The mammalian type I gonadotropin releasing hormone receptor (GnRH-R) is a structurally unique G protein-coupled receptor (GPCR) that lacks cytoplasmic tail sequences and displays inefficient plasma membrane expression (PME). Compared to its murine counterparts, the primate type I receptor is inefficiently folded and retained in the endoplasmic reticulum (ER) leading to a further reduction in PME. The decrease in PME and concomitant increase in intracellular localization of the mammalian GnRH-RI led us to characterize the spatial distribution of the human and mouse GnRH receptors in two human cell lines, HEK 293 and HTR-8/SVneo. In both human cell lines we found the receptors were expressed in the cytoplasm and were associated with the ER and nuclear membrane. A molecular analysis of the receptor protein sequence led us to identify a putative monopartite nuclear localization sequence (NLS) in the first intracellular loop of GnRH-RI. Surprisingly, however, neither the deletion of the NLS nor the addition of the Xenopus GnRH-R cytoplasmic tail sequences to the human receptor altered its spatial distribution. Finally, we demonstrate that GnRH treatment of nuclei isolated from HEK 293 cells expressing exogenous GnRH-RI triggers a significant increase in the acetylation and phosphorylation of histone H3, thereby revealing that the nuclear-localized receptor is functional. Based on our findings, we conclude that the mammalian GnRH-RI is an intracellular GPCR that is expressed on the nuclear membrane. This major and novel discovery causes us to reassess the signaling potential of this physiologically and clinically important receptor.
Citation: Re M, Pampillo M, Savard M, Dubuc C, McArdle CA, et al. (2010) The Human Gonadotropin Releasing Hormone Type I Receptor Is a Functional Intracellular GPCR Expressed on the Nuclear Membrane. PLoS ONE 5(7): e11489. doi:10.1371/journal.pone.0011489
Editor: Karl-Wilhelm Koch, University of Oldenburg, Germany
Received: May 17, 2010; Accepted: June 11, 2010; Published: July 8, 2010
Copyright: © 2010 Re et al. This is an open-access article distributed under the terms of the Creative Commons Attribution License, which permits unrestricted use, distribution, and reproduction in any medium, provided the original author and source are credited.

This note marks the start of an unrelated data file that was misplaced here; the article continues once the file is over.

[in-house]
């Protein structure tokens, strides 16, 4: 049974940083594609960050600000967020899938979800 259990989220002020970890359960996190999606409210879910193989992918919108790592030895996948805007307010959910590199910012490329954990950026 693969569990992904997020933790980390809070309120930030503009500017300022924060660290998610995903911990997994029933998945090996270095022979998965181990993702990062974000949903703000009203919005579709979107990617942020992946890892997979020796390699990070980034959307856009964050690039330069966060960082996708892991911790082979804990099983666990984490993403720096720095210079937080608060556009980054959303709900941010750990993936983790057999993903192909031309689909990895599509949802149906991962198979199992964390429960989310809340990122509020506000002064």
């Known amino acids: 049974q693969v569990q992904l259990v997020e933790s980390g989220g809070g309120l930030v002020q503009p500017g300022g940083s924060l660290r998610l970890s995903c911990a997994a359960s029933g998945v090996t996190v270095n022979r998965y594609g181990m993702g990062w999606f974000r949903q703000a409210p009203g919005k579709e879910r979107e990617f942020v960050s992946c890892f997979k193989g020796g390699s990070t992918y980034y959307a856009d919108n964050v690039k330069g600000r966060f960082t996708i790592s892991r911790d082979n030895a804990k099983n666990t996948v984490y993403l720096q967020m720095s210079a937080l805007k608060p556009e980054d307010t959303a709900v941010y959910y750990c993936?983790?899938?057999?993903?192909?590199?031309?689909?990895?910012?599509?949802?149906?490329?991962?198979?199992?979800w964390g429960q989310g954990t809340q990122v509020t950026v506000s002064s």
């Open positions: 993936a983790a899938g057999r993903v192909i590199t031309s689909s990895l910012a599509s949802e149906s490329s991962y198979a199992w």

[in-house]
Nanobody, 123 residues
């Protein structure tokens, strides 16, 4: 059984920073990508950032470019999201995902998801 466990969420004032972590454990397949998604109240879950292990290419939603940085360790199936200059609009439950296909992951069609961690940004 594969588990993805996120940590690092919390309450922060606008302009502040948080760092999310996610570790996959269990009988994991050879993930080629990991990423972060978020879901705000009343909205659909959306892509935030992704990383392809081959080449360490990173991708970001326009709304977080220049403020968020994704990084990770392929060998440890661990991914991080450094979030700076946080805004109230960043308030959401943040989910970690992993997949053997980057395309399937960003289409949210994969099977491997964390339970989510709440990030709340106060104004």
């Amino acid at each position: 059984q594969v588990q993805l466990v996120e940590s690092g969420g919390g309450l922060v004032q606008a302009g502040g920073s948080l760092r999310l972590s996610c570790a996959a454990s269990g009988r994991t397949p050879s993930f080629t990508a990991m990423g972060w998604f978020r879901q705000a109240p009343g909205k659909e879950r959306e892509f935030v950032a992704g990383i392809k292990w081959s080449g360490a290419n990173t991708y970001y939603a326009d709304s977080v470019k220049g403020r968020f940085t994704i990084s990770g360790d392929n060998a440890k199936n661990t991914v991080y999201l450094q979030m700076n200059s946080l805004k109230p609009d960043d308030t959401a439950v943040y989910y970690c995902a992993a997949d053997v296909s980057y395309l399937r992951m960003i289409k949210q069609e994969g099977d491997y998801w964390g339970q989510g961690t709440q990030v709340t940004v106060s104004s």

Funding: Research reported in this study was supported by grants from the Natural Sciences and Engineering Research Council of Canada (NSERC, http://www.nserc-crsng.gc.ca) 327334-2006 (AVB), the Canadian Institute of Health Research (CIHR, http://www.cihr-irsc.gc.ca) MOP#89832 (FG) and the National Institutes of Health (http://www.nih.gov) Grants HD-19899, RR-00163, and HD-18185 (PMC). The following are recipients of a salary award and studentships: Andy Babwah: CIHR/CIHR's Institute of Gender and Health/Ontario Women's Health Council New Investigator Award, Moshmi Bhattacharya: NSERC University Faculty Award and Michelle Re: Department of Obstetrics and Gynaecology, University of Western Ontario, Studentships. Martin Savard was supported by a fellowship award from the Fonds de la recherche en santé du Québec (FRSQ, http://www.frsq.gouv.qc.ca). The funders had no role in study design, data collection and analysis, decision to publish, or preparation of the manuscript.
Competing interests: The authors have declared that no competing interests exist.
The gonadotropin releasing hormone receptor (GnRH-R) is a G protein-coupled receptor (GPCR) belonging to the rhodopsin family. In mammals, the type I receptor (GnRH-RI) is expressed in a variety of cell-types including pituitary gonadotropes, T-cells and placental cytotrophoblasts , . Ligand-activated GnRH-RI couples to several different G proteins, including Gq/11, Gs and Gi , –. In humans, GnRH-RI is located at 4q13.1–q21.1 and consists of three exons and two introns that encode a 328 amino acid protein , .
The mammalian type I GnRH-R is structurally unique among GPCRs, including other GnRH-Rs expressed in non-mammalian and some primate species, in that it does not possess an intracellular tail . The absence of COOH-tail sequences may have resulted in a receptor that lacks sequences necessary for mediating rapid desensitization and internalization as well as strong plasma membrane expression (PME) . In addition, based on biochemical studies (radioligand binding and inositol phosphate formation assays) performed in African Green Monkey Kidney Fibroblast Cells (COS-1) and Human Embryonic Kidney (HEK 293) cells, it has been demonstrated that the presence of a primate-specific lysine residue at position 191 (K191) in the human GnRH-RI contributes to increased internalization kinetics of the receptor, leading to an overall reduction in PME compared to its rat and mouse counterparts , . The presence of this primate-specific K191 has been suggested to cause the disruption of a sulfhydryl bridge and subsequent formation of misfolded receptors resulting in the retention of the protein in the endoplasmic reticulum (ER) . The loss of cytoplasmic tail sequences coupled to the presence of K191 are believed to be the result of a recently evolved strategy that has led to decreased PME and greater intracellular localization of GnRH-RI. This strategy provides the cell a very effective mechanism for rapidly regulating cell surface receptor number and hence GnRH-RI-mediated cell signaling events .